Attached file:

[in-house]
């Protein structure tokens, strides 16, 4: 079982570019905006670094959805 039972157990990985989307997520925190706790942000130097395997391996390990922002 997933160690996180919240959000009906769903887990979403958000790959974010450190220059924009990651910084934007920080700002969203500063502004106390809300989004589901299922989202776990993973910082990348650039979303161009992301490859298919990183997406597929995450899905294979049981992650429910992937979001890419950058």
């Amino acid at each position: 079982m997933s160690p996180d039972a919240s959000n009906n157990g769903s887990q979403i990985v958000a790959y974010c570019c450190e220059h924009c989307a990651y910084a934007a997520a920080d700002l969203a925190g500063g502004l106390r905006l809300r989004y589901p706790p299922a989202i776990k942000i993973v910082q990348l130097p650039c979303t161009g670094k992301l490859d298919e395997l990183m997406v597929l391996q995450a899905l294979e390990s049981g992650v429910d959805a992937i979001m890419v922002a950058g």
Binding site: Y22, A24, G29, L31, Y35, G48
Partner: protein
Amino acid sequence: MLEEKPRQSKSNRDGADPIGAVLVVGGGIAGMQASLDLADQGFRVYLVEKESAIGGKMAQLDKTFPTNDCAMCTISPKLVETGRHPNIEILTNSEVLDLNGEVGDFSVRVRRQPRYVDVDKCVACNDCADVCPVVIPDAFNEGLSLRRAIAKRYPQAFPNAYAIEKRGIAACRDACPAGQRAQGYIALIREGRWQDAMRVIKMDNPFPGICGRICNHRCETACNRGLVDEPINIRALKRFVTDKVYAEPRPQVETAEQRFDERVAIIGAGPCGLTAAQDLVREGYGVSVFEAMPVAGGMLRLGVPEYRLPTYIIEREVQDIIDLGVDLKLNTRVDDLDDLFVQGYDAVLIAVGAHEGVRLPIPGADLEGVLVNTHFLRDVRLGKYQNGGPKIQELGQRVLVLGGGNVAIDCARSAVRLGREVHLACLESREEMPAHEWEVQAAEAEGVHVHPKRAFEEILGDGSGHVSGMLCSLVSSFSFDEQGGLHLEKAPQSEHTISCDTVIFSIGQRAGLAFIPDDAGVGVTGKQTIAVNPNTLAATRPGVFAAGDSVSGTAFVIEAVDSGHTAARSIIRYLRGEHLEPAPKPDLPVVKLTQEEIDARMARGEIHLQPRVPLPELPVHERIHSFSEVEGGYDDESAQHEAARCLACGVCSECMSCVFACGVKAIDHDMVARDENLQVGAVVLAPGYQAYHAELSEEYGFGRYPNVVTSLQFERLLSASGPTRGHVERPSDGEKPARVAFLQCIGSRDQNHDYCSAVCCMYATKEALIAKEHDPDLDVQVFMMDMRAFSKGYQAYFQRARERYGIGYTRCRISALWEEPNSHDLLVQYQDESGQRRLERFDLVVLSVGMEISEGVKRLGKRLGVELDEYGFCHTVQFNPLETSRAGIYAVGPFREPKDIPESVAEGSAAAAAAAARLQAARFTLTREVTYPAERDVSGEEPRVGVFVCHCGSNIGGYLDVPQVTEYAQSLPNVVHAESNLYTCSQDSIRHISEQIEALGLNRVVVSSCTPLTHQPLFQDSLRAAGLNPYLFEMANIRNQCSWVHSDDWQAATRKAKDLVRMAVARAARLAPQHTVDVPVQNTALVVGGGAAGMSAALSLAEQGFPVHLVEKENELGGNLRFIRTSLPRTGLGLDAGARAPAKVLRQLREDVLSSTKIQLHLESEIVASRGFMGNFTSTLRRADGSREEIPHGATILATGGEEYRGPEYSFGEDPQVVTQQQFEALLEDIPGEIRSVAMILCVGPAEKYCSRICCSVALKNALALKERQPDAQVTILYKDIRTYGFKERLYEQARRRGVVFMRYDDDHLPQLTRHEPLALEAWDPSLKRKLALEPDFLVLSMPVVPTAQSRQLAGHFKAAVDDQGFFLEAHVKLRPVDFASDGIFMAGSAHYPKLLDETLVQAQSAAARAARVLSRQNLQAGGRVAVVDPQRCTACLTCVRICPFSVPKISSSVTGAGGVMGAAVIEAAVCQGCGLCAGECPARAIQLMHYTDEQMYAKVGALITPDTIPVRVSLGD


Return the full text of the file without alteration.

[in-house]
């Protein structure tokens, strides 16, 4: 079982570019905006670094959805 039972157990990985989307997520925190706790942000130097395997391996390990922002 997933160690996180919240959000009906769903887990979403958000790959974010450190220059924009990651910084934007920080700002969203500063502004106390809300989004589901299922989202776990993973910082990348650039979303161009992301490859298919990183997406597929995450899905294979049981992650429910992937979001890419950058």
């Amino acid at each position: 079982m997933s160690p996180d039972a919240s959000n009906n157990g769903s887990q979403i990985v958000a790959y974010c570019c450190e220059h924009c989307a990651y910084a934007a997520a920080d700002l969203a925190g500063g502004l106390r905006l809300r989004y589901p706790p299922a989202i776990k942000i993973v910082q990348l130097p650039c979303t161009g670094k992301l490859d298919e395997l990183m997406v597929l391996q995450a899905l294979e390990s049981g992650v429910d959805a992937i979001m890419v922002a950058g």
Binding site: Y22, A24, G29, L31, Y35, G48
Partner: protein
Amino acid sequence: MLEEKPRQSKSNRDGADPIGAVLVVGGGIAGMQASLDLADQGFRVYLVEKESAIGGKMAQLDKTFPTNDCAMCTISPKLVETGRHPNIEILTNSEVLDLNGEVGDFSVRVRRQPRYVDVDKCVACNDCADVCPVVIPDAFNEGLSLRRAIAKRYPQAFPNAYAIEKRGIAACRDACPAGQRAQGYIALIREGRWQDAMRVIKMDNPFPGICGRICNHRCETACNRGLVDEPINIRALKRFVTDKVYAEPRPQVETAEQRFDERVAIIGAGPCGLTAAQDLVREGYGVSVFEAMPVAGGMLRLGVPEYRLPTYIIEREVQDIIDLGVDLKLNTRVDDLDDLFVQGYDAVLIAVGAHEGVRLPIPGADLEGVLVNTHFLRDVRLGKYQNGGPKIQELGQRVLVLGGGNVAIDCARSAVRLGREVHLACLESREEMPAHEWEVQAAEAEGVHVHPKRAFEEILGDGSGHVSGMLCSLVSSFSFDEQGGLHLEKAPQSEHTISCDTVIFSIGQRAGLAFIPDDAGVGVTGKQTIAVNPNTLAATRPGVFAAGDSVSGTAFVIEAVDSGHTAARSIIRYLRGEHLEPAPKPDLPVVKLTQEEIDARMARGEIHLQPRVPLPELPVHERIHSFSEVEGGYDDESAQHEAARCLACGVCSECMSCVFACGVKAIDHDMVARDENLQVGAVVLAPGYQAYHAELSEEYGFGRYPNVVTSLQFERLLSASGPTRGHVERPSDGEKPARVAFLQCIGSRDQNHDYCSAVCCMYATKEALIAKEHDPDLDVQVFMMDMRAFSKGYQAYFQRARERYGIGYTRCRISALWEEPNSHDLLVQYQDESGQRRLERFDLVVLSVGMEISEGVKRLGKRLGVELDEYGFCHTVQFNPLETSRAGIYAVGPFREPKDIPESVAEGSAAAAAAAARLQAARFTLTREVTYPAERDVSGEEPRVGVFVCHCGSNIGGYLDVPQVTEYAQSLPNVVHAESNLYTCSQDSIRHISEQIEALGLNRVVVSSCTPLTHQPLFQDSLRAAGLNPYLFEMANIRNQCSWVHSDDWQAATRKAKDLVRMAVARAARLAPQHTVDVPVQNTALVVGGGAAGMSAALSLAEQGFPVHLVEKENELGGNLRFIRTSLPRTGLGLDAGARAPAKVLRQLREDVLSSTKIQLHLESEIVASRGFMGNFTSTLRRADGSREEIPHGATILATGGEEYRGPEYSFGEDPQVVTQQQFEALLEDIPGEIRSVAMILCVGPAEKYCSRICCSVALKNALALKERQPDAQVTILYKDIRTYGFKERLYEQARRRGVVFMRYDDDHLPQLTRHEPLALEAWDPSLKRKLALEPDFLVLSMPVVPTAQSRQLAGHFKAAVDDQGFFLEAHVKLRPVDFASDGIFMAGSAHYPKLLDETLVQAQSAAARAARVLSRQNLQAGGRVAVVDPQRCTACLTCVRICPFSVPKISSSVTGAGGVMGAAVIEAAVCQGCGLCAGECPARAIQLMHYTDEQMYAKVGALITPDTIPVRVSLGD